Archive for the ‘New York Times’ tag
Jon S. Corzine
One by one, the big banks and investment firms appear destined to go broke. Behind all other crises looms the mother of all bubbles – the derivatives debacle. The worsening situation is simply sped up by the criminal actions of brokerage firm MF Global, so desperate to stay afloat that it sank hundreds of millions of dollars of customers’ money into its losing position and failed. This latest example of crony capitalism will hurt a lot of people, although NESARA will save most of them.
Two articles here, the first one from the New York Times and the second one from Zero Hedge. Someone will have to go to jail, says Zero Hedge. This time I think that very well may happen. Thanks to Luisa and Ramona.
Regulators Investigating MF Global for Missing MoneyBy BEN PROTESS, MICHAEL J. DE LA MERCED and SUSANNE CRAIG
New York Times, Oct. 31, 2011
Federal regulators have discovered that hundreds of millions of dollars in customer money has gone missing from MF Global in recent days, prompting an investigation into the brokerage firm, which is run by Jon S. Corzine, the former New Jersey governor, several people briefed on the matter said on Monday.
The recognition that money was missing scuttled at the 11th hour an agreement to sell a major part of MF Global to a rival brokerage firm. MF Global had staked its survival on completing the deal. Instead, the New York-based firm filed for bankruptcy on Monday.
Regulators are examining whether MF Global diverted some customer funds to support its own trades as the firm teetered on the brink of collapse.
The discovery that money could not be located might simply reflect sloppy internal controls at MF Global. It is still unclear where the money went. At first, as much as $950 million was believed to be missing, but as the firm sorted through its bankruptcy, that figure fell to less than $700 million by late Monday, the people briefed on the matter said. Additional funds are expected to trickle in over the coming days.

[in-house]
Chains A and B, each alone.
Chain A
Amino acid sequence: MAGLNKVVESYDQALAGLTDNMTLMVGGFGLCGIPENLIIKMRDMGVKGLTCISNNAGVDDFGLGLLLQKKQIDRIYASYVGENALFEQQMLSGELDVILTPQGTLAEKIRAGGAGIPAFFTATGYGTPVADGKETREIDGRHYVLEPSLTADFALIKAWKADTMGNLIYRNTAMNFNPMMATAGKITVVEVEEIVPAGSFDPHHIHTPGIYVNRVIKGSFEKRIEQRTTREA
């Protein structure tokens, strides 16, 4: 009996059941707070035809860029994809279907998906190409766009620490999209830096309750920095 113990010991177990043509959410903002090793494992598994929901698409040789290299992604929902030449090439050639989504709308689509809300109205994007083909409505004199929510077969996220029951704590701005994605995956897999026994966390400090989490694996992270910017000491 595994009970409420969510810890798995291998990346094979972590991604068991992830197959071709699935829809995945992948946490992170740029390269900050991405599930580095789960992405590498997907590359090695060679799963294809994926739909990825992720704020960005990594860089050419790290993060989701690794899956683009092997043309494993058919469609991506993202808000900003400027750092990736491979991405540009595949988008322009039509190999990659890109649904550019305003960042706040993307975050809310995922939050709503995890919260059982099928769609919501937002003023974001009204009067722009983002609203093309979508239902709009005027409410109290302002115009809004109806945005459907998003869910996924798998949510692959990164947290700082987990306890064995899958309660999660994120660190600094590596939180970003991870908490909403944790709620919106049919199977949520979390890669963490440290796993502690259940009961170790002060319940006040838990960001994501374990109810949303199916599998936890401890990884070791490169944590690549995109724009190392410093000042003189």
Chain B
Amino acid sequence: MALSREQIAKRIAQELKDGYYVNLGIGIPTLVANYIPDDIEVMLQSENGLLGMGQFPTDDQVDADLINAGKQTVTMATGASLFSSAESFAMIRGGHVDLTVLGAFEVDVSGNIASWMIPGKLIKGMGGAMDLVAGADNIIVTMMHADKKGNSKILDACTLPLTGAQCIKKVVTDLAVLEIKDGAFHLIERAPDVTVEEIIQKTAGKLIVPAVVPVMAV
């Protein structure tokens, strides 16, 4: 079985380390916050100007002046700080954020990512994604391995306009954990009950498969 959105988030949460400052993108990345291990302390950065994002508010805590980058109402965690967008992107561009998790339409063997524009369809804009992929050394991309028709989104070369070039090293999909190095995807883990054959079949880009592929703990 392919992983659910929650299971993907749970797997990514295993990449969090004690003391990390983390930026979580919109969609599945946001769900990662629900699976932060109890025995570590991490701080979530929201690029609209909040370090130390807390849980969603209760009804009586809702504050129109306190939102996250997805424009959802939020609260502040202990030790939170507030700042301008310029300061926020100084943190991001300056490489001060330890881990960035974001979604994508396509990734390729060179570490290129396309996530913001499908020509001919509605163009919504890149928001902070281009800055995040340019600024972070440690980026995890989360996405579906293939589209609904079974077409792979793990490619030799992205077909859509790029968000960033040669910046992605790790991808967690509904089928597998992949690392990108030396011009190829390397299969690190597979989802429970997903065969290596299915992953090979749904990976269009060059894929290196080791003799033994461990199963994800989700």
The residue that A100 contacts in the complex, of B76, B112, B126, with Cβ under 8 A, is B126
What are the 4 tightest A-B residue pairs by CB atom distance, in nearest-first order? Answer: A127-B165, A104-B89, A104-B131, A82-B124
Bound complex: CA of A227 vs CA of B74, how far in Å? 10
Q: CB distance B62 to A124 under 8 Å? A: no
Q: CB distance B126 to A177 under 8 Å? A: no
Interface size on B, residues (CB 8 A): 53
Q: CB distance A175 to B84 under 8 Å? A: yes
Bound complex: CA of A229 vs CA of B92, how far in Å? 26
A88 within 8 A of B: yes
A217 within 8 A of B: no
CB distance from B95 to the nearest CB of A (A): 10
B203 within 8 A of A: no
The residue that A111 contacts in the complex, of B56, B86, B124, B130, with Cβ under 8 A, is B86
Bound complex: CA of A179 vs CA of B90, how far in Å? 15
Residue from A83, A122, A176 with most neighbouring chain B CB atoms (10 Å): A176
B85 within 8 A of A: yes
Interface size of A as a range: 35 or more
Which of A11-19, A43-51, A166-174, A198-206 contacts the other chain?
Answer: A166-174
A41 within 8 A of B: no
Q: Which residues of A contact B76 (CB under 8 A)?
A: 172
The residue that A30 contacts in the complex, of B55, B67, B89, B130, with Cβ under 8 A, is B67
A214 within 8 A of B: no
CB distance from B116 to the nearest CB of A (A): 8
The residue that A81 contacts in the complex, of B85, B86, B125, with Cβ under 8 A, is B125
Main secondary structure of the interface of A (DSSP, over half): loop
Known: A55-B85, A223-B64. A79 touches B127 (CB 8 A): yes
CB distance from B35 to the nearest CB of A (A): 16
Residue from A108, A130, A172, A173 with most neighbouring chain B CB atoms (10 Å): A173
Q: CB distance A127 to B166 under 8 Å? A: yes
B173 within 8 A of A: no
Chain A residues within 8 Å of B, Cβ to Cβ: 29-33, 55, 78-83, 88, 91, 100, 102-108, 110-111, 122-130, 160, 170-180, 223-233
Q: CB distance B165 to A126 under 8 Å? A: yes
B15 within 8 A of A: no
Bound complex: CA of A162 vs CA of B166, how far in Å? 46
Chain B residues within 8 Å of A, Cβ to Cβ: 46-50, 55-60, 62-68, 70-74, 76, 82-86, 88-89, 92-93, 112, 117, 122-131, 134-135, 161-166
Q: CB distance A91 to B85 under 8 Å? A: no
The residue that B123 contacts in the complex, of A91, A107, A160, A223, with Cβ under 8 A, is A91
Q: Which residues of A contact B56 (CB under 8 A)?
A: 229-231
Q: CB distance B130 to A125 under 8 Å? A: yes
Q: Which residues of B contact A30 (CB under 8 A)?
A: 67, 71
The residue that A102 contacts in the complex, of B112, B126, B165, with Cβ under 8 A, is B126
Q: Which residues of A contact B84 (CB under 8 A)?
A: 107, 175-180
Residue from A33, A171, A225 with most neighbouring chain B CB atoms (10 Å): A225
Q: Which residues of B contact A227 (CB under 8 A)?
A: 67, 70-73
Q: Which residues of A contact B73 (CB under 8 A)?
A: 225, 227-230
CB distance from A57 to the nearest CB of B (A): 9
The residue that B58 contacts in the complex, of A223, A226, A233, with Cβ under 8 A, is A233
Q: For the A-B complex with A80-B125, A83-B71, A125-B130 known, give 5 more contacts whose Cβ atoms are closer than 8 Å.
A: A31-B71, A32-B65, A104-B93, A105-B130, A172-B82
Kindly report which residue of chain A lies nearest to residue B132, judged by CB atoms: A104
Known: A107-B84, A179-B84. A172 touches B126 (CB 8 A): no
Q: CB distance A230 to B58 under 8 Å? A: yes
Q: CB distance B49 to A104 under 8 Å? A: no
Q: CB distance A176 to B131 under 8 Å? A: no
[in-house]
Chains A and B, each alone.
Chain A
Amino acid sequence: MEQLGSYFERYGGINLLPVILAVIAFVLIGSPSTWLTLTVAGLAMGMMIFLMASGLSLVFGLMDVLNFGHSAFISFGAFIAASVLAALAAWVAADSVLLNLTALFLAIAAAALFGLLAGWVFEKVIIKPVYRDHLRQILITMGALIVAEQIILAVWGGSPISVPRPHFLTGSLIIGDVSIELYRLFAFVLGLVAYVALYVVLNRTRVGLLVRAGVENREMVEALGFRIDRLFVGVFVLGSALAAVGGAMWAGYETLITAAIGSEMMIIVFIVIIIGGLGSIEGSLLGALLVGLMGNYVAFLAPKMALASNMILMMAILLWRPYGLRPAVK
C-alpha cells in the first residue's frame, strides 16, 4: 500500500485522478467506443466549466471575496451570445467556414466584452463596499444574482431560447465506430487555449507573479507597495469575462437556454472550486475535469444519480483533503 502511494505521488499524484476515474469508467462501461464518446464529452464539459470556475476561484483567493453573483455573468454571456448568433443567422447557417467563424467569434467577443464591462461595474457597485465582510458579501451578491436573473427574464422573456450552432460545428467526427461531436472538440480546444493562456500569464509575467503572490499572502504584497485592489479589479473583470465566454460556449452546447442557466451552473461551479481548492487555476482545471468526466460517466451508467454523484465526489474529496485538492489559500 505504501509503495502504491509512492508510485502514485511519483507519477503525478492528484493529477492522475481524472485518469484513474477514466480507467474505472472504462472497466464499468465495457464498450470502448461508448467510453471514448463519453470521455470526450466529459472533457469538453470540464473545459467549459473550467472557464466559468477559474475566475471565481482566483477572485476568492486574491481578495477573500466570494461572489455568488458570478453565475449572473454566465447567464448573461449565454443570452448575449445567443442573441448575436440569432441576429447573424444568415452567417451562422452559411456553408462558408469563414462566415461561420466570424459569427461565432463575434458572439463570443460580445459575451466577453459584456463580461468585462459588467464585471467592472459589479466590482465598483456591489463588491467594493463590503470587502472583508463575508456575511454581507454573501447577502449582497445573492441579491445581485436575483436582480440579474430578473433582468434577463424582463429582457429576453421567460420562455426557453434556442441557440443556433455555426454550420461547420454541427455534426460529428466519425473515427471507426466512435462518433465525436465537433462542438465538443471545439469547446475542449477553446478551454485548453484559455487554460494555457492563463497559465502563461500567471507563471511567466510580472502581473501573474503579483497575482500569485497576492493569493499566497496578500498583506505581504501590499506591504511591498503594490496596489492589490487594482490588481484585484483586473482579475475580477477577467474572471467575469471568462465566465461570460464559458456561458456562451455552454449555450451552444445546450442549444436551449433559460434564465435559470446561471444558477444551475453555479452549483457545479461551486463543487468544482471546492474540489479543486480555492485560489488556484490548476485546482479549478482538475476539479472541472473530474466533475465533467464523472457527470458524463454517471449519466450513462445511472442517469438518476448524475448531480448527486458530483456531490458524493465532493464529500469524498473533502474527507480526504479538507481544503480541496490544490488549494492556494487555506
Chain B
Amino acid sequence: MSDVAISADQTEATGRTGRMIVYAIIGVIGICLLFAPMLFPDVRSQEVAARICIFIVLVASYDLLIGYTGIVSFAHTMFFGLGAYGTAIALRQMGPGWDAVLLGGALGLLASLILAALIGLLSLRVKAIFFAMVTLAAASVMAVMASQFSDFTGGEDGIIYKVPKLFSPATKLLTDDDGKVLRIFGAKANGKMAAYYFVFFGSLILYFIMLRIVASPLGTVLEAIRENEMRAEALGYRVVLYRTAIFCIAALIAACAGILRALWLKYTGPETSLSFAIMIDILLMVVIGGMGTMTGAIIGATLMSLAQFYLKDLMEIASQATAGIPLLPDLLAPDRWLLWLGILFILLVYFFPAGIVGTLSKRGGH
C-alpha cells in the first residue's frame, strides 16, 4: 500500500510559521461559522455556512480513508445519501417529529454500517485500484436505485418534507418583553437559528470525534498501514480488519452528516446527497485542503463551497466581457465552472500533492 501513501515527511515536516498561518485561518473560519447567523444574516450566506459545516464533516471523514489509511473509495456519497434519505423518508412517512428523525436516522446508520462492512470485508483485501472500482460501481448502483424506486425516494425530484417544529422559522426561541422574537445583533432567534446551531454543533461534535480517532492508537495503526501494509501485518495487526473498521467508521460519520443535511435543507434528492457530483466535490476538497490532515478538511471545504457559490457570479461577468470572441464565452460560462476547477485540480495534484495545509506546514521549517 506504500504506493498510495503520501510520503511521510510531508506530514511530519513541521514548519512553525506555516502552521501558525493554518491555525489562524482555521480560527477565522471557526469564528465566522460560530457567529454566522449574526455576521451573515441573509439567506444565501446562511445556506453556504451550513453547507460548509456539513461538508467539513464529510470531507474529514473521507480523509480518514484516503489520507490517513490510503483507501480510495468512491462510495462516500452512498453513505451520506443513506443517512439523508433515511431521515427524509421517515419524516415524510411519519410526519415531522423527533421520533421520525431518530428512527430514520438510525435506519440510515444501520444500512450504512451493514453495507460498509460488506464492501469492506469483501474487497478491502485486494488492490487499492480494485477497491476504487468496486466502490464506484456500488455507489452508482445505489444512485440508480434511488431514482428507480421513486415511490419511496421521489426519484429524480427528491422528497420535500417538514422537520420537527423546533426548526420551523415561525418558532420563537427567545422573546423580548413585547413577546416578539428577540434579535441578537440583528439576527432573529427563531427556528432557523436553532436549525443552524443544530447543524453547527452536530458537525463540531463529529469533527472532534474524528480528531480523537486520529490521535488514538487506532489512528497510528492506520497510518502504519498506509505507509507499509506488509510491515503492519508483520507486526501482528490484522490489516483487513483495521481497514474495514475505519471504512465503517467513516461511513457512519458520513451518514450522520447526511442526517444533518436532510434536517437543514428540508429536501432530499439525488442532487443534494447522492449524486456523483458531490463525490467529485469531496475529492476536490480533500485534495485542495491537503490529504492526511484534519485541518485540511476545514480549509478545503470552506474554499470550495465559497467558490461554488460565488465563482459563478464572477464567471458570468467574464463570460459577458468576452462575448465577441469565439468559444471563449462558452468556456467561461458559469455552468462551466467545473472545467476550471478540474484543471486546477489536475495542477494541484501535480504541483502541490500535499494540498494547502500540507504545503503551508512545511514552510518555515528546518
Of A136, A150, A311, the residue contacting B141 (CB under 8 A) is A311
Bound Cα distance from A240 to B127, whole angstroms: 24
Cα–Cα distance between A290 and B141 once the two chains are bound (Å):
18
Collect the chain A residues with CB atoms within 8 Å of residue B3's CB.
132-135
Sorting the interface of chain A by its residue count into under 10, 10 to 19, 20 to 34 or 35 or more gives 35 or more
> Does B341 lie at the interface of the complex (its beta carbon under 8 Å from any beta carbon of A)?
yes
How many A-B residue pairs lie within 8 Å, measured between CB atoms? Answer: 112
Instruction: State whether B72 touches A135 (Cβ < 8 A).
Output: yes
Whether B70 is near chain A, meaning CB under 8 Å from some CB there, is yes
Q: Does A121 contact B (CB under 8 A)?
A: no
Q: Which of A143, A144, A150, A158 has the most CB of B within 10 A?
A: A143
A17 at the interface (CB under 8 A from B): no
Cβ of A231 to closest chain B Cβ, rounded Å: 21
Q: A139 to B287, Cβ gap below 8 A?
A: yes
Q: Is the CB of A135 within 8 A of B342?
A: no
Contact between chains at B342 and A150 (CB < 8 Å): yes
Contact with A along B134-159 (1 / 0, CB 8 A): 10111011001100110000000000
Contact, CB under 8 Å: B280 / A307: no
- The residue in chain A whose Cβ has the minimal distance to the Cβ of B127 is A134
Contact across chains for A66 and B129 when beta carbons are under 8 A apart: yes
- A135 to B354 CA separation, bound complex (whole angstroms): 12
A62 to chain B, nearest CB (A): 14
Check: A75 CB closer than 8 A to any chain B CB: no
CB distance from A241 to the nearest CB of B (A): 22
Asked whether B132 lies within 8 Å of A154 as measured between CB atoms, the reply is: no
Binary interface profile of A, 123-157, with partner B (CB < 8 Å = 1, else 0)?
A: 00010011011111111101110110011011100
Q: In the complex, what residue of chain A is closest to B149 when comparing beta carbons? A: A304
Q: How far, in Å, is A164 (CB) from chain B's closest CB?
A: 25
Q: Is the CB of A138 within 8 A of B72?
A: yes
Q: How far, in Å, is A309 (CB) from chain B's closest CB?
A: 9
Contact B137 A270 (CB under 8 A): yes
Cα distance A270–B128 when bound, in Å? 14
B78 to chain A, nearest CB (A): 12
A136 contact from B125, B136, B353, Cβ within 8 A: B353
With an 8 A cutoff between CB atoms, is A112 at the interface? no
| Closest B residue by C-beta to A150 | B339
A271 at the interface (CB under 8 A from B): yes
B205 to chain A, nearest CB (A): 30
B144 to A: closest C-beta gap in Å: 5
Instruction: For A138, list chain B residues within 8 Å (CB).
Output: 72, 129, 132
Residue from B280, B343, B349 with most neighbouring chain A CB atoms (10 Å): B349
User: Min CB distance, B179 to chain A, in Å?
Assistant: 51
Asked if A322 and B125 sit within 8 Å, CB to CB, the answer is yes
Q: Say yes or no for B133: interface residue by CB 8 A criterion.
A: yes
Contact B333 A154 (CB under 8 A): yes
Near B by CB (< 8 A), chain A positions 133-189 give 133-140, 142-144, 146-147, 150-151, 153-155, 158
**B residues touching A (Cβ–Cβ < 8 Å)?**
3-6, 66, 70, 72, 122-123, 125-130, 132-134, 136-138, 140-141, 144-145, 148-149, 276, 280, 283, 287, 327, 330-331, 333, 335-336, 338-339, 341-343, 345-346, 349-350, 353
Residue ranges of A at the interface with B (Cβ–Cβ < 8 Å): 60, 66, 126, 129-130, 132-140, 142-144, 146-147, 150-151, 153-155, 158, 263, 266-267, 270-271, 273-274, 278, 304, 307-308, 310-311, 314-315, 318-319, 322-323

But the investigation, which is in its earliest stages, may uncover something more intentional and troubling.
In any case, what led to the unaccounted-for cash could violate a tenet of Wall Street regulation: Customers’ funds must be kept separate from company money. One of the basic duties of any brokerage firm is to keep track of customer accounts on a daily basis.
Neither MF Global nor Mr. Corzine has been accused of any wrongdoing. Lawyers for MF Global did not respond to requests for comment.
Now, the inquiry threatens to tarnish further the reputation of Mr. Corzine, the former Goldman Sachs executive who had sought to revive his Wall Street career last year just a few months after being defeated for re-election as New Jersey’s governor.
When he arrived at MF Global — after more than a decade in politics, including serving as a Democratic United States senator from New Jersey — Mr. Corzine sought to bolster profits by increasing the number of bets the firm made using its own capital. It was a strategy born of his own experience at Goldman, where he rose through the ranks by building out the investment bank’s formidable United States government bond trading arm.
One of his hallmark traits, according to the 1999 book “Goldman Sachs: The Culture of Success,” by Lisa Endlich, was his willingness to tolerate losses if the theory behind the trades was well thought out.
He made a similar wager at MF Global in buying up big holdings of debt from Spain, Italy, Portugal, Belgium and Ireland at a discount. Once Europe had solved its fiscal problems, those bonds would be very profitable.
But when that bet came to light in a regulatory filing, it set off alarms on Wall Street. While the bonds themselves have lost little value and mature in less than a year, MF Global was seen as having taken on an enormous amount of risk with little room for error given its size. By Friday evening, MF Global was under pressure to put up more money to support its trading positions, threatening to drain the firm’s remaining cash.
The collapse of MF Global underscores the extent of investor anxiety over Europe’s debt crisis. Other financial institutions have been buffeted in recent months because of their holdings of debt issued by weak European countries. The concerns about MF Global’s exposure to Europe prompted two ratings agencies to cut their ratings on the firm to junk last week.
The firm played down the effect of the ratings, saying, “We believe that it bears no implications for our clients or the strategic direction of MF Global.”
Even by Sunday evening, MF Global thought it had averted its demise after a disastrous week. Over five days, the firm lost more than 67 percent of its market value and was downgraded to junk status, which prompted investor desertions and raised borrowing costs.
Mr. Corzine and his advisers frantically called nearly every major Wall Street player, hoping to sell at least some of the firm in a bid for survival.
On Friday, the asset manager BlackRock was hired to help MF Global wind down its balance sheet, which included efforts to sell its holdings of European debt. BlackRock was able to value the portfolio, but did not have time to find a buyer for it given the other obstacles MF Global faced, according to people close to the talks.
By Saturday, Jefferies & Company became the lead bidder to buy large portions of MF Global, before backing out late in the day.